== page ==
Do you know if your inability to sleep is a sign of a larger problem? photo credit: Alyssa L. Miller via photopin cc

Most people blame insomnia when they toss and turn and have trouble falling asleep but there is more to this sleep difficulty than just counting sheep.  According to the National Sleep Foundation (NSF), insomnia is actually used to describe the inability to get the sleep you need to wake up rested and ready to take on the world.  This means that if you fall asleep fast but wake up over and over until you finally roll out of bed as tired as you were when you laid down, you may also have insomnia.

Insomnia is a little trickier than some of the other sleep disorders because it is both a sleep disorder and a symptom of a sleep disorder.  This means that you may have insomnia the sleep disorder or you may have insomnia because you have a sleep disorder.   If you are struggling to get the sleep you need for a night or two once and awhile, your insomnia would be characterized as acute insomnia and you would be in good company.  The NSF indicates that almost 40% of Americans report having some problems with insomnia each year.  If you experience the symptoms of insomnia more frequently or if they last for more than a month, your insomnia would be classified as chronic.  Regardless of whether you believe your insomnia is acute or chronic, you should discuss it with your doctor.  You may need to participate in a sleep study or do some other testing to rule out underlying medical conditions and sleep disorders.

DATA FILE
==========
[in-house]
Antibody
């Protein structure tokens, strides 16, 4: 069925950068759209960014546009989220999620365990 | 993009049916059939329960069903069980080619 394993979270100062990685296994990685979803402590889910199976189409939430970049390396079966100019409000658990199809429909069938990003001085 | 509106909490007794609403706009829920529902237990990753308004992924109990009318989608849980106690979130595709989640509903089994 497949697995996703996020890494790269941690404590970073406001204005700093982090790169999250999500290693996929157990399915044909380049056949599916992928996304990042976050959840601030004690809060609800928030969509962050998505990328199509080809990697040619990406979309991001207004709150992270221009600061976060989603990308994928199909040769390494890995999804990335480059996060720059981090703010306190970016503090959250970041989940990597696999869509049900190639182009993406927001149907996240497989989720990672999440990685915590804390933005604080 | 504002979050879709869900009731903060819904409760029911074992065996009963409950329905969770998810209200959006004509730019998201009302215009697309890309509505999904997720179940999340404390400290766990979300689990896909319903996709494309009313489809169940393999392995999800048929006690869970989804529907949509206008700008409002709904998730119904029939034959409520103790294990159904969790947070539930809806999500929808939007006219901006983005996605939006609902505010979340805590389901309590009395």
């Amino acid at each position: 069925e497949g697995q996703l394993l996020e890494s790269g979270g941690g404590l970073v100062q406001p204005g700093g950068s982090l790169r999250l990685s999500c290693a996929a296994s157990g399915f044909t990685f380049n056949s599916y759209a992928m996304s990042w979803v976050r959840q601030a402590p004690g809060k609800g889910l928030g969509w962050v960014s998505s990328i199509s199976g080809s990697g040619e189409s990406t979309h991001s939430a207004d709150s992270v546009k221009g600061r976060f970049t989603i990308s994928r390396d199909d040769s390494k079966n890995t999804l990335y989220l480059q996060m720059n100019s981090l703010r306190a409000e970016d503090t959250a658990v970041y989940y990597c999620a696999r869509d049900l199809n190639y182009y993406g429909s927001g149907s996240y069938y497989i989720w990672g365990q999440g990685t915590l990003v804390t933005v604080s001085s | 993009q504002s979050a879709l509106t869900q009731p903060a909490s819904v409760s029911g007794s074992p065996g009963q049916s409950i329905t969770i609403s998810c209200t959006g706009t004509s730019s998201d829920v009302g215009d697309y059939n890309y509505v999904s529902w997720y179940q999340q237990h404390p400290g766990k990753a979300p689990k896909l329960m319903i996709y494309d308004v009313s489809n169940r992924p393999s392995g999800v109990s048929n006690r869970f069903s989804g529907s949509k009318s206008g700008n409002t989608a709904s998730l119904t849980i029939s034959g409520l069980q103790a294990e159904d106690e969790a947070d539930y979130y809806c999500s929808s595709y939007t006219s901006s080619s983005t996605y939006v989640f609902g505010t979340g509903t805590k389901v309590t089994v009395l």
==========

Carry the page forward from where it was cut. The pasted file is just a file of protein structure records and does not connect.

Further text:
If you find yourself awake and alert into the wee hours of the night, you may want to start by making some real lifestyle changes.  Almost one-half of people who self-report insomnia blame stress, anxiety, and tension for their inability to sleep.  In these cases, there seems to be a correlation between how much stress the person is under and how bad their insomnia seems.  Decreasing your stress level can have a real, lasting impact on how you sleep.  You may also want to look at how much caffeine you are drinking over the course of the day and check to see if you are letting any sleep stealers keep you from getting the sleep you need.  Things like alcohol, exercise late in the day, and too much light or sound can impact both the amount of sleep you get and the quality of that sleep.

Another common cause for acute insomnia is side effects from medication.  Several over the counter and prescription medications can cause insomnia including those taken for asthma, high blood pressure, and thyroid disease.  If you are taking daily medication for a chronic condition, check with your doctor to see if your insomnia is related to the medication.  You may be able to switch to a comparable medication with less side effects or the doctor may offer you some tips on how to get the sleep you need without stopping the medication.

If you are experiencing frequent or repetitive problems getting the sleep you need to feel alert and awake during the day, make sure you check in with your doctor.  What you may be calling insomnia may be the result of an underlying medical condition or sleep disorder.


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